[February 26, 2015] As I was driving today in New York City listening to the car radio, I heard a joke about Radio Shack’s bankruptcy. It went this way, “I hate hearing about Radio Shack’s woes … where else can I get a radio-controlled toy car and new flip phone?” There are many who predicted their downfall, including myself, and the reasons are not surprising.1,2 But it was the lack of the heart of the merchant that really mattered.
Radio shack management failed to adapt to the changing electronics retail environment. Customer service suffered too and for all too common a reason. They treated their employees poorly, often firing more experienced and higher paid employees and hiring low pay, electronic novices. They were once innovators in electronics and always stocked the latest technological trends. Now jokes are made about their outdated technology being sold at full retail prices.
When I shopped at Radio Shack, often until about two years ago, I noticed how employees couldn’t answer basic questions – things that the average American will ask. The decline in quality employees and junior managers, purportedly to cut costs, was the nail in their coffin. This is why I say they lost the heart of the merchant.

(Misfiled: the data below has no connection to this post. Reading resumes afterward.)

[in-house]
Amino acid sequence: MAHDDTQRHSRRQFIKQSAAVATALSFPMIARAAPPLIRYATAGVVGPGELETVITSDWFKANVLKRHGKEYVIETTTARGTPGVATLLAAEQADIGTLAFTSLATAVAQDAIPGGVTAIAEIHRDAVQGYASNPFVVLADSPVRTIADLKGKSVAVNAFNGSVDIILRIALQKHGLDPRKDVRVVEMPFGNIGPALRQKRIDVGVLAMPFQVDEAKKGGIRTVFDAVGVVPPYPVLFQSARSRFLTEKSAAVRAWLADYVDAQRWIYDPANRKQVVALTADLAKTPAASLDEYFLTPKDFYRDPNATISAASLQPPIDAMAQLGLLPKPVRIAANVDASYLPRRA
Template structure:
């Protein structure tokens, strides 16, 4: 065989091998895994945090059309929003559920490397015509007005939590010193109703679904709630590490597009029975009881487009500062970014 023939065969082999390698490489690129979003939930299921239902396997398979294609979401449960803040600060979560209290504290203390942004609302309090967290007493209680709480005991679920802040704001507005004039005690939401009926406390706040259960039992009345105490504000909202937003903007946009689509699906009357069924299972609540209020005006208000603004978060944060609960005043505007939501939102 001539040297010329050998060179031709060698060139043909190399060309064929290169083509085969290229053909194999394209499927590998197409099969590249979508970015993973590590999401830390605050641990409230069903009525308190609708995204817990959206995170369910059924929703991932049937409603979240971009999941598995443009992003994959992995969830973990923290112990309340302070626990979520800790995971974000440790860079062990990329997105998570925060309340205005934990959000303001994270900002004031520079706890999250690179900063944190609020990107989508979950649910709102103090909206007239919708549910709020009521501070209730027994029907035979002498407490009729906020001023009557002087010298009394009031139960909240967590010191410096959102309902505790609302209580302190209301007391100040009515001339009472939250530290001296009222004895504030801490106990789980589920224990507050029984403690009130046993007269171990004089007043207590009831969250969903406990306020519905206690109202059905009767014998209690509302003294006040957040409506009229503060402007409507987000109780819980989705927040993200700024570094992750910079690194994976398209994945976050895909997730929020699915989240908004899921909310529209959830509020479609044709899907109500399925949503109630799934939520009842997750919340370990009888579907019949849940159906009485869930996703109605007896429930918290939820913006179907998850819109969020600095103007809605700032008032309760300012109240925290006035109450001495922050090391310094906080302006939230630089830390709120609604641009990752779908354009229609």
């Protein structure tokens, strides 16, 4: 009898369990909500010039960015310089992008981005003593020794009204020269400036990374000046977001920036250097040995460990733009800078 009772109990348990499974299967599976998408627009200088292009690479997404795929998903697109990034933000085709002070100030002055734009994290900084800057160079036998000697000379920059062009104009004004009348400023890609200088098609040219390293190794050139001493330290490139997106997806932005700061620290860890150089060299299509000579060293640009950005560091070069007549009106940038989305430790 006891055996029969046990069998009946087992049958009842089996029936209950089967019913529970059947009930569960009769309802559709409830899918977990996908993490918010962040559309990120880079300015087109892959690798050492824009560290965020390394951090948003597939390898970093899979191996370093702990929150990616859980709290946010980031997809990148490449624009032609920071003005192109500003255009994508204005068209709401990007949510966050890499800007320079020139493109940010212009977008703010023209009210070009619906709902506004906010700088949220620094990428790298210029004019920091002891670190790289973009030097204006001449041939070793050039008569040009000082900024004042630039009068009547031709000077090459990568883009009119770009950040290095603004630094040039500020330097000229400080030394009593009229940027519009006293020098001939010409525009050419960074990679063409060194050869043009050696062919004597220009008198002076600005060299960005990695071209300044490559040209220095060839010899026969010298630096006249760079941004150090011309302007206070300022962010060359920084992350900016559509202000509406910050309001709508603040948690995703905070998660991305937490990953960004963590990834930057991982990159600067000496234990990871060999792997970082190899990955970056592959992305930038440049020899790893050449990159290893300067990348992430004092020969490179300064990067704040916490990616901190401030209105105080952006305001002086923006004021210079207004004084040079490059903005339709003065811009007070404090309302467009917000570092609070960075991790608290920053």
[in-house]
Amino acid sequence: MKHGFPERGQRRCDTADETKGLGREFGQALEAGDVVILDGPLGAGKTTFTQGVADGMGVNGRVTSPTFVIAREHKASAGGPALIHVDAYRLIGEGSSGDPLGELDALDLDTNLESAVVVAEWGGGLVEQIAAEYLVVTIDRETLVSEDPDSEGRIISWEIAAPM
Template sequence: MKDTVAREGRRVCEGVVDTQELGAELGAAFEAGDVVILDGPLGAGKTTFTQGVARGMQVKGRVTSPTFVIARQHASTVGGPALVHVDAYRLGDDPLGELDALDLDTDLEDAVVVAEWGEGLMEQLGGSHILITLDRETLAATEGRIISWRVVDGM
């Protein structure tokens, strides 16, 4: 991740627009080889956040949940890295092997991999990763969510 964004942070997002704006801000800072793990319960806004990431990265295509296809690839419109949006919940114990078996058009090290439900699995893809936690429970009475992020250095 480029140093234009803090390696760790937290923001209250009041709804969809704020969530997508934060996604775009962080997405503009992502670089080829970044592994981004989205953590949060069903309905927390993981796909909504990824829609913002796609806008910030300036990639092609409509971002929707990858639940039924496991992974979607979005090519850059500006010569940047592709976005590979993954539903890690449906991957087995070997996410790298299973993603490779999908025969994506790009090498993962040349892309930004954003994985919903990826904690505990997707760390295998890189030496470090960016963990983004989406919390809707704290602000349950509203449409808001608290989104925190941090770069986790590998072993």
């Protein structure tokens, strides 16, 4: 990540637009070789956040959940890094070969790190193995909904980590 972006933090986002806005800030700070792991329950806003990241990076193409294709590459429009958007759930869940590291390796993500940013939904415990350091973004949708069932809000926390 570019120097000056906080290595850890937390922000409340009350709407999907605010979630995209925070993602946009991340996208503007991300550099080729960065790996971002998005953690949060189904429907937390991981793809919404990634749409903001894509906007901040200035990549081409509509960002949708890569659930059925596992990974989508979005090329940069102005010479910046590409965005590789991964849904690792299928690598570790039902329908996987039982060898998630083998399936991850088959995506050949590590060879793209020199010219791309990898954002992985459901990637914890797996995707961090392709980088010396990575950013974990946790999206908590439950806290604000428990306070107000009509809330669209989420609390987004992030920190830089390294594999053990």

Corporate headquarters can cut unprofitable stores and reduce staffing but losing the ability to provide quality customer service and have cutting edge technology (something they were known for) was their undoing. There are other factors of course but their failure to adapt to changing electronic trends certainly was a major reason for their bankruptcy.
The lesson of leadership is that when you lose the passion and fail to adapt it means you will not only fail but that those who are part of your organization will be hurt by losing their job. A true merchant that has heart is honorable, trustworthy, very knowledgeable about the economy, respectful, and even scholarly.3
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